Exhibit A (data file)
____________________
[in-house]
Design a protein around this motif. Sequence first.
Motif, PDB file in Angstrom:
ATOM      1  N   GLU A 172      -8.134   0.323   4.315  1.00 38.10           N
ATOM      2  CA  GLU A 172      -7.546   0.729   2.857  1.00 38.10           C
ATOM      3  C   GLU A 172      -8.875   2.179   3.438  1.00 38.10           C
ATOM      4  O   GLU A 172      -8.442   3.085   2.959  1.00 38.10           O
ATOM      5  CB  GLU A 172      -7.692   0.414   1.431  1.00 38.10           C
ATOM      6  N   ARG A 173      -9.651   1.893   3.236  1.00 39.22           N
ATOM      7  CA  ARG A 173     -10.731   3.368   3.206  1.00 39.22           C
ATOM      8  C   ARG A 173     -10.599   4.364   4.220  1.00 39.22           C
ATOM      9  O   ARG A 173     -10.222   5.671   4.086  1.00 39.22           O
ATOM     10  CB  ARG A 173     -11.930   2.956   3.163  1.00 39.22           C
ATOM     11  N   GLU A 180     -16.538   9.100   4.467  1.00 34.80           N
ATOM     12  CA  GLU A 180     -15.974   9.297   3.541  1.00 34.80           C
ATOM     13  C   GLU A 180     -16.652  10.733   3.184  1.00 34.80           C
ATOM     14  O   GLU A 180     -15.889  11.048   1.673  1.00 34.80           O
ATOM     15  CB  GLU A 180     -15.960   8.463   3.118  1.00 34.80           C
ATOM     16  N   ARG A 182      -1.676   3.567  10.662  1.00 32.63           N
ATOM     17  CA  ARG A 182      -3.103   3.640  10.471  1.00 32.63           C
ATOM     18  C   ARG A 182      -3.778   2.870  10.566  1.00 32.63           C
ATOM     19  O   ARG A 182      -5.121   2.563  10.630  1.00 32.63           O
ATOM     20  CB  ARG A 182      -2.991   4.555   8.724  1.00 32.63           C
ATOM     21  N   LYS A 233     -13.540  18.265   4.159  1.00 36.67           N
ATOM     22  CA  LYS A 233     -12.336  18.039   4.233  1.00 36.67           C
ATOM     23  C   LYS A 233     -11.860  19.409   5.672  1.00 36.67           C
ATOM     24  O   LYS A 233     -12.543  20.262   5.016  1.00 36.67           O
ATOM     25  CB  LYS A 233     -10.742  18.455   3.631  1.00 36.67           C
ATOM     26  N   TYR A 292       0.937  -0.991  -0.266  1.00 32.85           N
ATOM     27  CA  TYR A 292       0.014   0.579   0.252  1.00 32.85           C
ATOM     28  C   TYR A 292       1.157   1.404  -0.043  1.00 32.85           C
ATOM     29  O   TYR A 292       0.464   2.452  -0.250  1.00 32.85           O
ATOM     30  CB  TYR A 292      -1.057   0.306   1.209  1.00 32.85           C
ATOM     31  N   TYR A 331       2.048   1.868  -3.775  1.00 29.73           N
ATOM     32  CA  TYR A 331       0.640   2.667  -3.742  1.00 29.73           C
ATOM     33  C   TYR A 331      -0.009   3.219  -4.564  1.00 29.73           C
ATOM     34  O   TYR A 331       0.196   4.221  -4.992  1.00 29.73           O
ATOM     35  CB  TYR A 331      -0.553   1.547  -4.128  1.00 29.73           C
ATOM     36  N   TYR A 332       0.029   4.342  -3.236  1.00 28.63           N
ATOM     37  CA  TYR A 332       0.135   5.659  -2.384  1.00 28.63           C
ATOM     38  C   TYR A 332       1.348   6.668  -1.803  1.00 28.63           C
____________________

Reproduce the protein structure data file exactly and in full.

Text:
[in-house]
Design a protein around this motif. Sequence first.
Motif, PDB file in Angstrom:
ATOM      1  N   GLU A 172      -8.134   0.323   4.315  1.00 38.10           N
ATOM      2  CA  GLU A 172      -7.546   0.729   2.857  1.00 38.10           C
ATOM      3  C   GLU A 172      -8.875   2.179   3.438  1.00 38.10           C
ATOM      4  O   GLU A 172      -8.442   3.085   2.959  1.00 38.10           O
ATOM      5  CB  GLU A 172      -7.692   0.414   1.431  1.00 38.10           C
ATOM      6  N   ARG A 173      -9.651   1.893   3.236  1.00 39.22           N
ATOM      7  CA  ARG A 173     -10.731   3.368   3.206  1.00 39.22           C
ATOM      8  C   ARG A 173     -10.599   4.364   4.220  1.00 39.22           C
ATOM      9  O   ARG A 173     -10.222   5.671   4.086  1.00 39.22           O
ATOM     10  CB  ARG A 173     -11.930   2.956   3.163  1.00 39.22           C
ATOM     11  N   GLU A 180     -16.538   9.100   4.467  1.00 34.80           N
ATOM     12  CA  GLU A 180     -15.974   9.297   3.541  1.00 34.80           C
ATOM     13  C   GLU A 180     -16.652  10.733   3.184  1.00 34.80           C
ATOM     14  O   GLU A 180     -15.889  11.048   1.673  1.00 34.80           O
ATOM     15  CB  GLU A 180     -15.960   8.463   3.118  1.00 34.80           C
ATOM     16  N   ARG A 182      -1.676   3.567  10.662  1.00 32.63           N
ATOM     17  CA  ARG A 182      -3.103   3.640  10.471  1.00 32.63           C
ATOM     18  C   ARG A 182      -3.778   2.870  10.566  1.00 32.63           C
ATOM     19  O   ARG A 182      -5.121   2.563  10.630  1.00 32.63           O
ATOM     20  CB  ARG A 182      -2.991   4.555   8.724  1.00 32.63           C
ATOM     21  N   LYS A 233     -13.540  18.265   4.159  1.00 36.67           N
ATOM     22  CA  LYS A 233     -12.336  18.039   4.233  1.00 36.67           C
ATOM     23  C   LYS A 233     -11.860  19.409   5.672  1.00 36.67           C
ATOM     24  O   LYS A 233     -12.543  20.262   5.016  1.00 36.67           O
ATOM     25  CB  LYS A 233     -10.742  18.455   3.631  1.00 36.67           C
ATOM     26  N   TYR A 292       0.937  -0.991  -0.266  1.00 32.85           N
ATOM     27  CA  TYR A 292       0.014   0.579   0.252  1.00 32.85           C
ATOM     28  C   TYR A 292       1.157   1.404  -0.043  1.00 32.85           C
ATOM     29  O   TYR A 292       0.464   2.452  -0.250  1.00 32.85           O
ATOM     30  CB  TYR A 292      -1.057   0.306   1.209  1.00 32.85           C
ATOM     31  N   TYR A 331       2.048   1.868  -3.775  1.00 29.73           N
ATOM     32  CA  TYR A 331       0.640   2.667  -3.742  1.00 29.73           C
ATOM     33  C   TYR A 331      -0.009   3.219  -4.564  1.00 29.73           C
ATOM     34  O   TYR A 331       0.196   4.221  -4.992  1.00 29.73           O
ATOM     35  CB  TYR A 331      -0.553   1.547  -4.128  1.00 29.73           C
ATOM     36  N   TYR A 332       0.029   4.342  -3.236  1.00 28.63           N
ATOM     37  CA  TYR A 332       0.135   5.659  -2.384  1.00 28.63           C
ATOM     38  C   TYR A 332       1.348   6.668  -1.803  1.00 28.63           C